Myanmar Junta Appoints Liaison for Opposition Leader
YANGON, Myanmar – Myanmar's deputy labor minister has been appointed to serve as a liaison official for contacts with detained opposition leader Aung San Suu Kyi, state media said Monday night.
The appointment of such a liaison was suggested by a U.N. special envoy who visited Myanmar following the military junta's violent crackdown on pro-democracy demonstrators last month.
State radio and television said Deputy Labor Minister Aung Kyi, a retired general, had been given the job, but did not say when he might begin contacts with Suu Kyi, who is under house arrest.
The announcement described the post as "liaison minister." His exact duties were not detailed, but it appeared from the statement that Aung Kyi would coordinate all contacts with Suu Kyi coming from both the U.N. and the junta. Suu Kyi, 62, has spent about 12 of the past 18 years in detention without trial.
Aung Kyi has a reputation among foreign diplomats, U.N. organization employees and international NGO workers as being relatively accessible and reasonable, compared with other top government officials.
He handles the delicate diplomatic task of defending his country before the International Labor Organization, which has accused the junta of using forced labor and threatened several times to press sanctions against it.
The government said last week that Senior Gen. Than Shwe, the junta leader, was willing to meet personally with Suu Kyi, but only if she met certain conditions, including renouncing support for economic sanctions by foreign countries.
It remains unknown if Suu Kyi will accept the offer.
Security in Yangon continued to ease more than a week after police and soldiers suppressed the demonstrations with gunfire, beatings and arrests on Sept. 26-27. Some roadblocks were removed and visitors began trickling back to the heavily guarded Shwedagon and Sule pagodas, the starting and finishing points of protests that began in mid-August over a sharp fuel price increase.
However, Yangon residents are keeping up a low-key resistance, harassing soldiers by tossing rocks at them at night, student activists said.
Security forces have responded to the activities, which have taken place in the past 2-3 days, by detaining the rock throwers they catch after curfew, they said.
In some cases of rock throwers being detained, their relatives — including children — have also been taken into custody, said the activists, speaking on condition of anonymity for fear of arrest. Curfew in the country's main cities, Yangon and Mandalay, runs from 10 p.m. to 4 a.m.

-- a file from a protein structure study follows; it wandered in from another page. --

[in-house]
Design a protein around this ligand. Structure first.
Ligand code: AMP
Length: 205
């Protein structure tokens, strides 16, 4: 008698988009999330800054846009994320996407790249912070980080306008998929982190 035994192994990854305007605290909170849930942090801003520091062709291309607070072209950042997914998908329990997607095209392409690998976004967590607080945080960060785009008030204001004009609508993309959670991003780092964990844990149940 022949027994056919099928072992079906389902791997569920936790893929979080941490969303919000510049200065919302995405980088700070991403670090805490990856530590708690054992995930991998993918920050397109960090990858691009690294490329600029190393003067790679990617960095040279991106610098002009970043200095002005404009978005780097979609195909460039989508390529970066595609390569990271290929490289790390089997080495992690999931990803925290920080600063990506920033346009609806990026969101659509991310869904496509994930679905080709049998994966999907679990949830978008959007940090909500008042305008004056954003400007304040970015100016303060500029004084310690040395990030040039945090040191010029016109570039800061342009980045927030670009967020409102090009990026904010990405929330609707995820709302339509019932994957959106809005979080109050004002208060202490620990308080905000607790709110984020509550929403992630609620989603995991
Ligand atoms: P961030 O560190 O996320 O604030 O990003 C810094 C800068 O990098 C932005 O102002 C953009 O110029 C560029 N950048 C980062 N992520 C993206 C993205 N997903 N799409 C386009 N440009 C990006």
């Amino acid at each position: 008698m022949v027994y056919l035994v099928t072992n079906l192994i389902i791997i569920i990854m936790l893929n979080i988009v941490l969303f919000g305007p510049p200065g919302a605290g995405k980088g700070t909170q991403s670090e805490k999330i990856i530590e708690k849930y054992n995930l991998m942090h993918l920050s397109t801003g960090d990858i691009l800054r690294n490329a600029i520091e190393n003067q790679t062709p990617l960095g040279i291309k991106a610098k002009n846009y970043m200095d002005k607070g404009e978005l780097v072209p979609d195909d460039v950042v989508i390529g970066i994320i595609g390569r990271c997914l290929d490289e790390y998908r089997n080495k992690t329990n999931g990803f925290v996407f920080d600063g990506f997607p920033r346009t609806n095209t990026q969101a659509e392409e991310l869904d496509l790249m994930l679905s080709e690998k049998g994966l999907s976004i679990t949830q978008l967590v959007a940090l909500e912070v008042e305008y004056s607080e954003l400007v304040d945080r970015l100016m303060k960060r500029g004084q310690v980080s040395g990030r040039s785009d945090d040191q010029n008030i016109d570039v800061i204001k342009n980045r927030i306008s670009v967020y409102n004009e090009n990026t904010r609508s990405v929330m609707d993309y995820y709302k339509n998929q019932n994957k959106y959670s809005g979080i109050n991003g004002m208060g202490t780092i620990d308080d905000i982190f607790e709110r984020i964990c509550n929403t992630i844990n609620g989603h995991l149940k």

No figures were available on the number of people engaging in such activities or how many may have been detained. The reported new arrests came as the government has been giving numbers of those arrested and released in connection with the protests.
The junta says at least 10 people were killed in the crackdown — although independent sources say the toll was likely much higher — and that some 1,000 remain in detention centers. At least 135 monks are being held, according to The New Light of Myanmar.
In addition, 78 more people suspected of involvement in the rallies were being questioned by investigators, it said.
Inspired by the participation of monks, who are revered in the country, thousands of people turned out for the protests last month, the biggest in nearly two decades of brutal military rule. The junta's crackdown in Myanmar, also known as Burma, sparked international condemnation — including from its Southeast Asian neighbors.
The military has ruled Myanmar since 1962. The current junta came to power after routing a 1988 pro-democracy uprising, killing at least 3,000 people.
Recent raids on monasteries turned up 18 knives, one ax, slingshots and one 9mm bullet, though it was not yet clear to whom they belonged, according to The New Light of Myanmar, a state-run newspaper. The government threatened to punish any monks that violate the law, stepping up pressure on clerics who led the protests.
In a commentary, the newspaper stressed that those arrested during the unrest would be treated as criminals rather than political prisoners.
"Supporters of the protest who claim themselves pro-democracy activists will not be pardoned if they break the law, as no man is above the law," the paper said on its comments page. "Those who are found guilty of breaking the law will be imprisoned."
State media, including The New Light of Myanmar, are not taken seriously in the country, said Soe Aung, a spokesman for the National Council of the Union of Burma, a coalition of opposition groups based in neighboring Thailand.